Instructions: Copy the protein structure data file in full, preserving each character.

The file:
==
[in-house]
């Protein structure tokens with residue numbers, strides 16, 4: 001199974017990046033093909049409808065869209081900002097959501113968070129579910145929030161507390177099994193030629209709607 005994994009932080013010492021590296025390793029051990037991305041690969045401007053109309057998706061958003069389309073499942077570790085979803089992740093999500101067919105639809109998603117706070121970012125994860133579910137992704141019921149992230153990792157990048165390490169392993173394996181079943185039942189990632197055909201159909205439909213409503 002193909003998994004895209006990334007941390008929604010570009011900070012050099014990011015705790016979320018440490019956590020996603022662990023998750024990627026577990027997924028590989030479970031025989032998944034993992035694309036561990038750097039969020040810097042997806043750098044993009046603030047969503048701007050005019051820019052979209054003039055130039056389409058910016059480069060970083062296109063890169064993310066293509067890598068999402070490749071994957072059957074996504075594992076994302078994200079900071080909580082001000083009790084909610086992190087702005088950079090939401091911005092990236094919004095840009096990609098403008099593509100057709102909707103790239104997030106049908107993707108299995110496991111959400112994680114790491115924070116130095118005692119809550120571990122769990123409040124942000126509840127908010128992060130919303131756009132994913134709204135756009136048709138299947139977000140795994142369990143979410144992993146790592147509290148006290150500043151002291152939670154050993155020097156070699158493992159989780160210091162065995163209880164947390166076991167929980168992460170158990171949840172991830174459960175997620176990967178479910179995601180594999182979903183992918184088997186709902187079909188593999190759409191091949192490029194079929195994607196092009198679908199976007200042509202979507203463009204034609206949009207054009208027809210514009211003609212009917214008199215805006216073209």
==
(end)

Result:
[in-house]
């Protein structure tokens with residue numbers, strides 16, 4: 001199974017990046033093909049409808065869209081900002097959501113968070129579910145929030161507390177099994193030629209709607 005994994009932080013010492021590296025390793029051990037991305041690969045401007053109309057998706061958003069389309073499942077570790085979803089992740093999500101067919105639809109998603117706070121970012125994860133579910137992704141019921149992230153990792157990048165390490169392993173394996181079943185039942189990632197055909201159909205439909213409503 002193909003998994004895209006990334007941390008929604010570009011900070012050099014990011015705790016979320018440490019956590020996603022662990023998750024990627026577990027997924028590989030479970031025989032998944034993992035694309036561990038750097039969020040810097042997806043750098044993009046603030047969503048701007050005019051820019052979209054003039055130039056389409058910016059480069060970083062296109063890169064993310066293509067890598068999402070490749071994957072059957074996504075594992076994302078994200079900071080909580082001000083009790084909610086992190087702005088950079090939401091911005092990236094919004095840009096990609098403008099593509100057709102909707103790239104997030106049908107993707108299995110496991111959400112994680114790491115924070116130095118005692119809550120571990122769990123409040124942000126509840127908010128992060130919303131756009132994913134709204135756009136048709138299947139977000140795994142369990143979410144992993146790592147509290148006290150500043151002291152939670154050993155020097156070699158493992159989780160210091162065995163209880164947390166076991167929980168992460170158990171949840172991830174459960175997620176990967178479910179995601180594999182979903183992918184088997186709902187079909188593999190759409191091949192490029194079929195994607196092009198679908199976007200042509202979507203463009204034609206949009207054009208027809210514009211003609212009917214008199215805006216073209």